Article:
Every parent in east Augusta has a chance to sign a child up for city sports such as baseball, basketball and soccer. But some youths in the socioeconomically depressed area still might be getting left out.
Participation in the city's youth sports programs in east Augusta - 550 youths this year - is about half that in the affluent west side of town. And the number represents less than a quarter of South Augusta's participation, according to registration information provided by the city's recreation and parks department.
Differences in the districts' size might account for some of the disparity. For example, South Augusta is a much larger area than its counterparts, said Chris Scheuer, the athletic supervisor for the recreation department.
However, geographic differences can't account for why certain sports programs are virtually nonexistent in east Augusta.
Though baseball and basketball trail registration levels in other districts, they still have a moderate following in east Augusta. But there are no participants in girls softball and coed soccer this year.
"The interest just isn't there," Mr. Scheuer said.
The city doesn't collect demographic information on its youth sports registrants, which could determine income levels.
Still, Gregory Utley, a 13-year coach for city recreation basketball and baseball in east Augusta, said obstacles to participation are probably economic.
Parents' time constraints and transportation limitations are among the factors Mr. Utley sees depressing participation in the community.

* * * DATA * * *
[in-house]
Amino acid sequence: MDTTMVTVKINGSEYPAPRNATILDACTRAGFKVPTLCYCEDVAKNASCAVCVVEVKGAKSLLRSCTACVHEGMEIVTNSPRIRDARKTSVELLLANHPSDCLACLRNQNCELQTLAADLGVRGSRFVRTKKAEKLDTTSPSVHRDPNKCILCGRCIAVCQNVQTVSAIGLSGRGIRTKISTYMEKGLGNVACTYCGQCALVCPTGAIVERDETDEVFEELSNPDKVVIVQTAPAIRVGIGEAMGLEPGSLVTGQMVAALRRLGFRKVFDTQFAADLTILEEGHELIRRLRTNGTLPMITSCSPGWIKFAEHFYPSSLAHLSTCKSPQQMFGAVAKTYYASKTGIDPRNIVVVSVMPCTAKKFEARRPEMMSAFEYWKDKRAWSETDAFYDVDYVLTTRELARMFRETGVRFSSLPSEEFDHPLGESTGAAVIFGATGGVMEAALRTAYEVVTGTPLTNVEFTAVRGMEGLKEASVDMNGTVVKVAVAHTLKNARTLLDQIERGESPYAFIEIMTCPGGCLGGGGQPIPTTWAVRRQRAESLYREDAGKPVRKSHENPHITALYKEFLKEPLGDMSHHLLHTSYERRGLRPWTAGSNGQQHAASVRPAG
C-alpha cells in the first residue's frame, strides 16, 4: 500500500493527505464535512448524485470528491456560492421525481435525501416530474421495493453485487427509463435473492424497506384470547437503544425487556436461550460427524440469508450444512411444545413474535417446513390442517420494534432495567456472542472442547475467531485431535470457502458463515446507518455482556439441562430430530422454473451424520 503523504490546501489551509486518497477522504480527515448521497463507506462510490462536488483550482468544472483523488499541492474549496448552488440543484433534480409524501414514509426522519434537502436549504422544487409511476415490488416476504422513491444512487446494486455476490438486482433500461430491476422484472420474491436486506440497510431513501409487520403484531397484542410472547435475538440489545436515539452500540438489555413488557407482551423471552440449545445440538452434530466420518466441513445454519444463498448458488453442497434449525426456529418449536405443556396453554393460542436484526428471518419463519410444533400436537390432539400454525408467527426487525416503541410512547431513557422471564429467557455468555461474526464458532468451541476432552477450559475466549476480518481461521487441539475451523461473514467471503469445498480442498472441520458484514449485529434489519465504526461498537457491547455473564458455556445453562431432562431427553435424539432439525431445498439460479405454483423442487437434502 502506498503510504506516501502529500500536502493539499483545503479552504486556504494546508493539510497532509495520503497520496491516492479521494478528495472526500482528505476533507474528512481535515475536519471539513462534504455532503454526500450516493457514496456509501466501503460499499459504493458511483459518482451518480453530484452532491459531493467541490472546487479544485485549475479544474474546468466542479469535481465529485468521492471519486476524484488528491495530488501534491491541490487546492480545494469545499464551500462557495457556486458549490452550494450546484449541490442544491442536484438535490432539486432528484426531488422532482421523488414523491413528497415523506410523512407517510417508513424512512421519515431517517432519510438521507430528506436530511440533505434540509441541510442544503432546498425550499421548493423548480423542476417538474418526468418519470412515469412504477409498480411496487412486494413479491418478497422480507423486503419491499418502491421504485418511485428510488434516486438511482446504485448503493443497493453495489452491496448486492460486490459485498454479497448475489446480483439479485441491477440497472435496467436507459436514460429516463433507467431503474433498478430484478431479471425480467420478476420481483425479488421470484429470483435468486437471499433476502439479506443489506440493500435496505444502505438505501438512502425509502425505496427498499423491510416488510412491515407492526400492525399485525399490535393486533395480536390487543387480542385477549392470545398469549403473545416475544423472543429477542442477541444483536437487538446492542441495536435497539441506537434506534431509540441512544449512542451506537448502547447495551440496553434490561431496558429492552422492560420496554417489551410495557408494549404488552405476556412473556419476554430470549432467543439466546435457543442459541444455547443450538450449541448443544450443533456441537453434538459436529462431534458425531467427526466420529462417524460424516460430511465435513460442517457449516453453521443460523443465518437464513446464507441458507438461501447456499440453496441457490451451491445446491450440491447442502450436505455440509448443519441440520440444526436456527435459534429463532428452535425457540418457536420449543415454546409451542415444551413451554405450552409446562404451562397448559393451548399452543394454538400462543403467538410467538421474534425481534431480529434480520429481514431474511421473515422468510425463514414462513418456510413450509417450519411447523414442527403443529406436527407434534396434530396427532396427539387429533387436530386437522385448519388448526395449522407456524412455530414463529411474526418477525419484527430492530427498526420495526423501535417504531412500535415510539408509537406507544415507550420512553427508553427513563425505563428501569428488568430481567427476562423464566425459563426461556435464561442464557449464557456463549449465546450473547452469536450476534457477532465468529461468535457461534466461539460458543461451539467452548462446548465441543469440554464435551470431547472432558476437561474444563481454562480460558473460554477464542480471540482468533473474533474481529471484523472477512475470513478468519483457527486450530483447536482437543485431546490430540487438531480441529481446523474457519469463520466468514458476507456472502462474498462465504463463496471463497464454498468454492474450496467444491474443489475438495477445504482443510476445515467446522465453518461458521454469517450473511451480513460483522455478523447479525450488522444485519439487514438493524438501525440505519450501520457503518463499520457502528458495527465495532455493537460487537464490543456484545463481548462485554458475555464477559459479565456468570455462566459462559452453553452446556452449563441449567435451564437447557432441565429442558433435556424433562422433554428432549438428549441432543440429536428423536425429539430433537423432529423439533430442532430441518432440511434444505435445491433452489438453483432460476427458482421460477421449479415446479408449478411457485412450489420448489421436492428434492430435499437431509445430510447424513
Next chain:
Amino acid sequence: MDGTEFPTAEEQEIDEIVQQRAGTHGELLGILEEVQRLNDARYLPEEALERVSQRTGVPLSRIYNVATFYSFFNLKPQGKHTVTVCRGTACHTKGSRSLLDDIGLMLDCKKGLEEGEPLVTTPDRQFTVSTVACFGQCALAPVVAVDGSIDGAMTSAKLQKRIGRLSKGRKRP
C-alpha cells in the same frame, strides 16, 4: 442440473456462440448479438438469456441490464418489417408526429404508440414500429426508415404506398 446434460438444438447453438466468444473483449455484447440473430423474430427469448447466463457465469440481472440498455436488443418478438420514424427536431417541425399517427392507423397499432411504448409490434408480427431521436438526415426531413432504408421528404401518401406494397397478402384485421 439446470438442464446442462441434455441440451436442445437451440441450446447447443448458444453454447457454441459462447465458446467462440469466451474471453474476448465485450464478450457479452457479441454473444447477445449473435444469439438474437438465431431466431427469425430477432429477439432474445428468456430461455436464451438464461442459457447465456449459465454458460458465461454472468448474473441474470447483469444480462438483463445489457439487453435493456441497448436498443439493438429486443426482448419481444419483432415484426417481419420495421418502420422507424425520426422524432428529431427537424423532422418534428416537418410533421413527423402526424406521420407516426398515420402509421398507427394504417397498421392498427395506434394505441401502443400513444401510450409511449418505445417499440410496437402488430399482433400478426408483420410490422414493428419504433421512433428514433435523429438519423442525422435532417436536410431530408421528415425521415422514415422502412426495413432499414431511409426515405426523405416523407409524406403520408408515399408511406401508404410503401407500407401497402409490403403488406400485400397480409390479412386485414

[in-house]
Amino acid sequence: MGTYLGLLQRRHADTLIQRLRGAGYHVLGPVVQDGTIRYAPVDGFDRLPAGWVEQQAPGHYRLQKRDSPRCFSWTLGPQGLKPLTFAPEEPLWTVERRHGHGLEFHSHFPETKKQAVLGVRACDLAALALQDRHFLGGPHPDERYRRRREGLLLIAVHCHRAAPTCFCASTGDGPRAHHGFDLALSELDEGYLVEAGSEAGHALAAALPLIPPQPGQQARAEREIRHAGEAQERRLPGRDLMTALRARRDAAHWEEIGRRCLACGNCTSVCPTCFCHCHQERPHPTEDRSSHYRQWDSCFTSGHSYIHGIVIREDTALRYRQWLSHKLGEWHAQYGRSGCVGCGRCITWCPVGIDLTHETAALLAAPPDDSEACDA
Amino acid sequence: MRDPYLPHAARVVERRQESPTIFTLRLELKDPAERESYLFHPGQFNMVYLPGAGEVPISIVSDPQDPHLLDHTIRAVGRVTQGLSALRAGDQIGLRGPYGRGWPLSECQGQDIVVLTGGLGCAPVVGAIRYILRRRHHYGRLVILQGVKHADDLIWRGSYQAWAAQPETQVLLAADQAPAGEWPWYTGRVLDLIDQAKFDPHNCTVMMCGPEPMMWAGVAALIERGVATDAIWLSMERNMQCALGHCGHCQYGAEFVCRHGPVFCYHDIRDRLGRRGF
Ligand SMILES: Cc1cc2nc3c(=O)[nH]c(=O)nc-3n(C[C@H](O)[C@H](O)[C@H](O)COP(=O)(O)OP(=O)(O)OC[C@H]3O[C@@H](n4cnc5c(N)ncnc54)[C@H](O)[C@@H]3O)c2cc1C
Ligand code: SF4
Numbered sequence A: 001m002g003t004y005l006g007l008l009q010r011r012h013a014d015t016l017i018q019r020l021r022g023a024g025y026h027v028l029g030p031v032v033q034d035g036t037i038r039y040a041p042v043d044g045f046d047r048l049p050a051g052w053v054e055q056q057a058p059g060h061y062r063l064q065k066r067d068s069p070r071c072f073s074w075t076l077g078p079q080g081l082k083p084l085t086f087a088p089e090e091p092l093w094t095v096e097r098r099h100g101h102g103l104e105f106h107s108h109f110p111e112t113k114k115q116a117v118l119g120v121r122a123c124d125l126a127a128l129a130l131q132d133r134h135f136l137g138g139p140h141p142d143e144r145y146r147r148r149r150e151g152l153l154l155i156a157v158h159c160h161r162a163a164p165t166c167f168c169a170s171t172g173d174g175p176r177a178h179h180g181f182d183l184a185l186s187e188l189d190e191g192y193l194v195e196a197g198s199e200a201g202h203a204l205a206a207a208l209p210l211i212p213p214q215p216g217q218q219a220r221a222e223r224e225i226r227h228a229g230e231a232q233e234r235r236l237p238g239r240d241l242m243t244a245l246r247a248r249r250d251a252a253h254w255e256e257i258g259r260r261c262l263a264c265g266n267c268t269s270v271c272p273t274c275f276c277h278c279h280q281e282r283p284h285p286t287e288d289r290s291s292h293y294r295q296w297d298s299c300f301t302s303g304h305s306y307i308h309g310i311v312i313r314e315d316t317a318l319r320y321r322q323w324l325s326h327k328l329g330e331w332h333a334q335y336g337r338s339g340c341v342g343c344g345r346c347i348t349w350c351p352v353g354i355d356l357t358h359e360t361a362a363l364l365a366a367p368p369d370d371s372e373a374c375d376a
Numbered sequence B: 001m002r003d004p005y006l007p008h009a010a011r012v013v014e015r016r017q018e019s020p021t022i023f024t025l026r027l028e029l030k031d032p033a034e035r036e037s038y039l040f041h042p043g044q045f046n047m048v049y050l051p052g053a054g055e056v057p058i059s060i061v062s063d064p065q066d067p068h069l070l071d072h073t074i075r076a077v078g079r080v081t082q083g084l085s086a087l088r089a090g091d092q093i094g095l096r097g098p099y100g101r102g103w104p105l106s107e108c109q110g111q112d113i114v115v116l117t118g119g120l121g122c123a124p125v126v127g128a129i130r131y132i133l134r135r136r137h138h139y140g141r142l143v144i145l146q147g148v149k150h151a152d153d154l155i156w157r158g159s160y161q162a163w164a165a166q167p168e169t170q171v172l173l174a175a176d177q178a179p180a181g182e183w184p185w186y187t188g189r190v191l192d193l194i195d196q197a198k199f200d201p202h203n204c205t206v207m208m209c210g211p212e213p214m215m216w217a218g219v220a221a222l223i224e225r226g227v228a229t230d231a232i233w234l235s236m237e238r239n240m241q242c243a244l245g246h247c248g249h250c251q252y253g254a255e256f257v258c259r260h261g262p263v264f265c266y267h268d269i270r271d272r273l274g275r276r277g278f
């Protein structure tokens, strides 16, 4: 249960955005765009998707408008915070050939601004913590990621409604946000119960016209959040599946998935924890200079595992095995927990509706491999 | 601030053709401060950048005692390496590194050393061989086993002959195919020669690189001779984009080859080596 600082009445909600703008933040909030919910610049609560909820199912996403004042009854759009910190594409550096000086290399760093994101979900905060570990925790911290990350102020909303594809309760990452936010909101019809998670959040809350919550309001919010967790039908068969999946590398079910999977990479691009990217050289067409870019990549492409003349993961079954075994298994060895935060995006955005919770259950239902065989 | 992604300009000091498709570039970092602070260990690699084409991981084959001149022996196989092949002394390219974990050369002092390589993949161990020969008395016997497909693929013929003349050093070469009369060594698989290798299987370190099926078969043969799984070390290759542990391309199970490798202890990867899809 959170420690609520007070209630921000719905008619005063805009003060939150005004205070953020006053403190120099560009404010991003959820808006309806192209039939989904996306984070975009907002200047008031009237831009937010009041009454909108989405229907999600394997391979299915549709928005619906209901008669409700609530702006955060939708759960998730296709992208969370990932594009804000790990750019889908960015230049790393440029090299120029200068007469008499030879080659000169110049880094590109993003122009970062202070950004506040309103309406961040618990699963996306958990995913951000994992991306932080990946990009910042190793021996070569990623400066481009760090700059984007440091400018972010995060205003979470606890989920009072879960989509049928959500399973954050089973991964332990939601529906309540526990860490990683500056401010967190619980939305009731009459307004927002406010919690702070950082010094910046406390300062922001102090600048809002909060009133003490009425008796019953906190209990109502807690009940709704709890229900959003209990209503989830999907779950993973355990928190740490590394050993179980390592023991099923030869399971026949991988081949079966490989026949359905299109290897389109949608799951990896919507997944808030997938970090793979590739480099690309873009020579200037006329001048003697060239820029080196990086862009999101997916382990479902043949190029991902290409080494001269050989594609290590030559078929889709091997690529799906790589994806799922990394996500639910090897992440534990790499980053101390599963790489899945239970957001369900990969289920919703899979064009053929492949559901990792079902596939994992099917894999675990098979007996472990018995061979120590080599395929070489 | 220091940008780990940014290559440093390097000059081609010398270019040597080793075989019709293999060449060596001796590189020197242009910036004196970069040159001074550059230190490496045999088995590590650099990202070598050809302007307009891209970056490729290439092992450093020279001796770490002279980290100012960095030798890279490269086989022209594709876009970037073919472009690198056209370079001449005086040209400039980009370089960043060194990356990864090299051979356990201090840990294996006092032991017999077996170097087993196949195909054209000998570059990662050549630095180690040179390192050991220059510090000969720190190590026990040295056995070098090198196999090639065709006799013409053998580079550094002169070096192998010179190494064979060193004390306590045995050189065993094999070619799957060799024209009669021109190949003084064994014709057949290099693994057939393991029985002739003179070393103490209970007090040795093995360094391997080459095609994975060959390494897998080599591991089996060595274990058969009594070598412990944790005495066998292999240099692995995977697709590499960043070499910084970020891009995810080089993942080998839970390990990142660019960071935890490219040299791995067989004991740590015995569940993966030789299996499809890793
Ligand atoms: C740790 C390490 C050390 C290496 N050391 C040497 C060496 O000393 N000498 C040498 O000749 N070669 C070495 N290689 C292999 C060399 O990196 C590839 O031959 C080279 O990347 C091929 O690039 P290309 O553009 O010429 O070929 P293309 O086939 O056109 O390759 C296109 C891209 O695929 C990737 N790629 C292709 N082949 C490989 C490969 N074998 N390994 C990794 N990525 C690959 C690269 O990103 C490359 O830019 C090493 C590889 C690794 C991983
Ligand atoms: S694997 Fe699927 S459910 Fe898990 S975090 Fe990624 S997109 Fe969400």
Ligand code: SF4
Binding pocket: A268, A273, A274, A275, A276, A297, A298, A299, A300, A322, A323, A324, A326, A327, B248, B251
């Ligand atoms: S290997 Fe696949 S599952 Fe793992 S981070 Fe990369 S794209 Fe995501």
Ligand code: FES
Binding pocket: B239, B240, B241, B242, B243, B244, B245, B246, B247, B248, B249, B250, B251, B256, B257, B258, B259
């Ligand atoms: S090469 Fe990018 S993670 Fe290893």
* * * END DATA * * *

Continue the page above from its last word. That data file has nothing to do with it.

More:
"Kids, some of them want to play, and their parents work at night and they can't," he said.
There also is a shortage of coaches willing to go the extra mile for players, said Mr. Utley, who often carts his team members to and from games.
East Augusta Middle School Principal Verma Curtis, who has struggled to get parents involved with their children at school, said some of the same factors that limit parent participation scholastically probably come into play in youth sports.
After working to pay the bills and playing both mother and father at home, Ms. Curtis said, single parents don't have time left to run children to practices and games.
Then there is the financial factor.
"When it comes time to register, there's a cost," Ms. Curtis said.
Fees range between $40 and $50, depending on the number of children registered.
Ms. Curtis said that can be burdensome for single parents with more than one child to register.
For those with financial constraints, the city offers a scholarship program for its sports programs, Mr. Scheuer said.
To get more youths involved, the department might have to adapt the sports programs to less formal training sessions with no teams or regular games, he said.
Reach Justin Boron at (706) 823-3215 or email@example.com.